Louise Mushikiwabo emerges as favorite for SG of La Francophonie
Louise Mushikiwabo’s candidature for the post of Secretary General of Organisation Internationale de la Francophonie (OIF), the unifying body of French-speaking countries, has received a great push following Canada’s decision to support her.
Canada had previously backed the incumbent, Michaëlle Jean, who was the first woman to hold the role. She was Mushikiwabo’s only rival for the position, but her term has been marred with scandals of financial mismanagement. At present only Jean’s native country of Haiti is supporting her.
Mushikiwabo has served as Rwanda’s foreign affairs minister since 2009.
The election is slated for Friday October 12, in Armenia, during a summit in which 54 countries are eligible to vote.
Healing horrifying wounds
Denis Mukwege, a Congolese gynecologist, has been awarded the 2018 Nobel Peace Prize for his dedication and effort in aiding victims of gang rape and sexual brutality resulting from the wars in Congo.
He is commonly referred to as “Dr. Miracle,” due to his excellent surgical skills.
Born in former Belgian Congo, Mukwege went to medical school in Burundi and worked as a pediatrician in a rural hospital near Bukavu. Moved by the suffering of women during childbirth, he decided to advance his studies in gynecology and obstetrics at the University of Anger in France.
Since then he has worked tirelessly, risking his life to end the use of sexual violence as a weapon of war in armed conflict. He has spent the past 20 years helping women overcome the injuries sustained from rape and other grievous sexual crimes in the DRC.
It hasn’t been easy for the Nobel laureate. He has faced strong opposition from the government, which he constantly criticizes for allowing the wars to carry on.
In 2012, he escaped an assassination attempt when four people brandishing AK-47s and one with a pistol confronted him.
The desire to see women liberated and not prisoners to their experiences keep him going on even in the midst of opposition.
His work was the subject of the critically acclaimed 2015 film, The Man Who Mends Women. He has written a book Plaidoyer Pour La Vie” (Plea For Life), where he recounts the horrifying cases he dealt with and why he decided to start his hospital, Panzi in the town of Bukavu. The hospital presently cares for more than 3,500 women a year and Dr Mukwege can perform as many as 10 operations a day.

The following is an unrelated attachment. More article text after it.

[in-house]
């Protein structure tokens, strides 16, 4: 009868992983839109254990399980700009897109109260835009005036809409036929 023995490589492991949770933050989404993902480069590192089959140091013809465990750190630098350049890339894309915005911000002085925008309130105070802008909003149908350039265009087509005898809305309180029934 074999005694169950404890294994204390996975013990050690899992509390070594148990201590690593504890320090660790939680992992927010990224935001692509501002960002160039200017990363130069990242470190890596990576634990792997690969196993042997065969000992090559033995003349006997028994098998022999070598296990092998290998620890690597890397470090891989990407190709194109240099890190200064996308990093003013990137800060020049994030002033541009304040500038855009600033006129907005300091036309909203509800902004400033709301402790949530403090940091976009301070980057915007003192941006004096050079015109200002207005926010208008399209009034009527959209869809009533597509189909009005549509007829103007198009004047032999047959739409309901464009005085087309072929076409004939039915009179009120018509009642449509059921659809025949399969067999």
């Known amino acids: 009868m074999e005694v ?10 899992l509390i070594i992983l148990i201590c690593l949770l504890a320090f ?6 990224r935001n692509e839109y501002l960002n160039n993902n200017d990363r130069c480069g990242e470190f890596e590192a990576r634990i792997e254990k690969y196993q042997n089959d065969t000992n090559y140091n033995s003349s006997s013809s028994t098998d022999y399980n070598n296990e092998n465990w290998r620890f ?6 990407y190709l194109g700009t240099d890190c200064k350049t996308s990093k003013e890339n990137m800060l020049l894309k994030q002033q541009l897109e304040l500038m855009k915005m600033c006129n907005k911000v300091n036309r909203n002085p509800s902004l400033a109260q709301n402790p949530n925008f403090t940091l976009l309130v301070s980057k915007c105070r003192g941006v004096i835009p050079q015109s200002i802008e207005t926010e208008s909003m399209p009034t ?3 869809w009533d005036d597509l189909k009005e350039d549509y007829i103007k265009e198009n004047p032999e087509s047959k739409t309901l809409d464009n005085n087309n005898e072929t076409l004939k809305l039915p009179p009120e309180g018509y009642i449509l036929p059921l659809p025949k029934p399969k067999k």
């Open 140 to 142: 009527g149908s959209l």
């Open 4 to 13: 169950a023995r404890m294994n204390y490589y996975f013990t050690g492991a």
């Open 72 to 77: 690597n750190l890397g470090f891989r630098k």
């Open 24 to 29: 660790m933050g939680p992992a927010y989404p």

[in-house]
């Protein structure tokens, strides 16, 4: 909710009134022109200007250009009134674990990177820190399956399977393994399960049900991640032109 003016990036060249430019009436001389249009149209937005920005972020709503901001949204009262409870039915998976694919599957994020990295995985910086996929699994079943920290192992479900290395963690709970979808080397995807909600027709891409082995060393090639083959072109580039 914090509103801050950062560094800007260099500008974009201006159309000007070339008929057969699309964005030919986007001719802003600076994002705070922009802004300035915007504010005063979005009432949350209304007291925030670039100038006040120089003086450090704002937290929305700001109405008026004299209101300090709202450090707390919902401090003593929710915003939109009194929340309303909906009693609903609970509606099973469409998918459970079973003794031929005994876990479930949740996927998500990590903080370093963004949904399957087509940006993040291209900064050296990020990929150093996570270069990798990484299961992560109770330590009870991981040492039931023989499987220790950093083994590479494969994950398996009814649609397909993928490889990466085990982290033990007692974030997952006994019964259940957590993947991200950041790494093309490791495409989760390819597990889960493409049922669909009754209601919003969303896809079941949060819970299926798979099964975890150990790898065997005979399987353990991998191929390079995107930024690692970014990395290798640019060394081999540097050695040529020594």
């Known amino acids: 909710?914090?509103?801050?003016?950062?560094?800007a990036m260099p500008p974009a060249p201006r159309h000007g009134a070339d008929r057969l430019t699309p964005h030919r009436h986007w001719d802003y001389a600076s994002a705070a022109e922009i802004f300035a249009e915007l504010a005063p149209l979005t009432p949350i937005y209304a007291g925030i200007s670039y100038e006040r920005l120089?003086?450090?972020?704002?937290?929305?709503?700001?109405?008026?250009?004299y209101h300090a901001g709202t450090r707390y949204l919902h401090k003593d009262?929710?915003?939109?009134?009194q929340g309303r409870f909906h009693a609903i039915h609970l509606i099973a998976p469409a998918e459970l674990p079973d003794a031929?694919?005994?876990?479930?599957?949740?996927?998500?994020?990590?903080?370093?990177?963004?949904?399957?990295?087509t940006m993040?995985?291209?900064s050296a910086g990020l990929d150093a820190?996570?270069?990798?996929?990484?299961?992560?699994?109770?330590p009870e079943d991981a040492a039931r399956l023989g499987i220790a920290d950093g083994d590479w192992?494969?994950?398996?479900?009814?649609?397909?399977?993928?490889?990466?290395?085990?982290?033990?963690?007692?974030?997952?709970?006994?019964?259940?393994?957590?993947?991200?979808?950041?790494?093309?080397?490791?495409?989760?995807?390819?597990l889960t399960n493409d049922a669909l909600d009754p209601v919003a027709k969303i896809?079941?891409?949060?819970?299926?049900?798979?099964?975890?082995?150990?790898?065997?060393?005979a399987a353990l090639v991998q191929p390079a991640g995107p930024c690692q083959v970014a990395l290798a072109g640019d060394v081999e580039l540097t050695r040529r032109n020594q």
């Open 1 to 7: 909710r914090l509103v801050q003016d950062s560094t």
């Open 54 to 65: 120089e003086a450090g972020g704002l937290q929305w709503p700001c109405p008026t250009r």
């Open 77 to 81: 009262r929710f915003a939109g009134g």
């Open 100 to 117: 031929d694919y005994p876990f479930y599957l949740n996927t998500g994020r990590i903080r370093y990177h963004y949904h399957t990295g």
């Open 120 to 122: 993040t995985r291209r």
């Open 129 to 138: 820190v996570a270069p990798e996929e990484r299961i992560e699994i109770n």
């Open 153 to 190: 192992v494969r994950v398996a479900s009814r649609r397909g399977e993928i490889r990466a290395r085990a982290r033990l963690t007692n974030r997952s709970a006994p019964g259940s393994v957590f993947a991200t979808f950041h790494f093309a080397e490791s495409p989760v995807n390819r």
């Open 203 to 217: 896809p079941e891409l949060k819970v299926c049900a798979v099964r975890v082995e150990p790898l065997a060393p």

According to former South African finance minister Nhlahanla Nene, had he consented to signing the nuclear deal between South Africa and Russia, the country would have entered financial bankrupt.
Nene told a judicial corruption inquiry on Wednesday that former president Jacob Zuma fired him for refusing to approve a $100 billion nuclear power deal with Russia in 2015, and fired him.
Zuma has repeatedly denied accusations by his opponents that he pushed for a deal with President Vladimir Putin at a BRICS summit for Russia to build several nuclear power stations to the tune of $100 billion, with the South African taxpayer footing the bill.
The minister’s testimony has implicated other prominent cabinet ministers, including former energy minister Tina Joemat-Pettersson, whom he said had a draft letter for him to sign and formalize the deal.
During his presidency, Zuma and his cabinet ministers had repeatedly assured South Africans that the programme would be deployed at “a scale and pace that the country can afford.”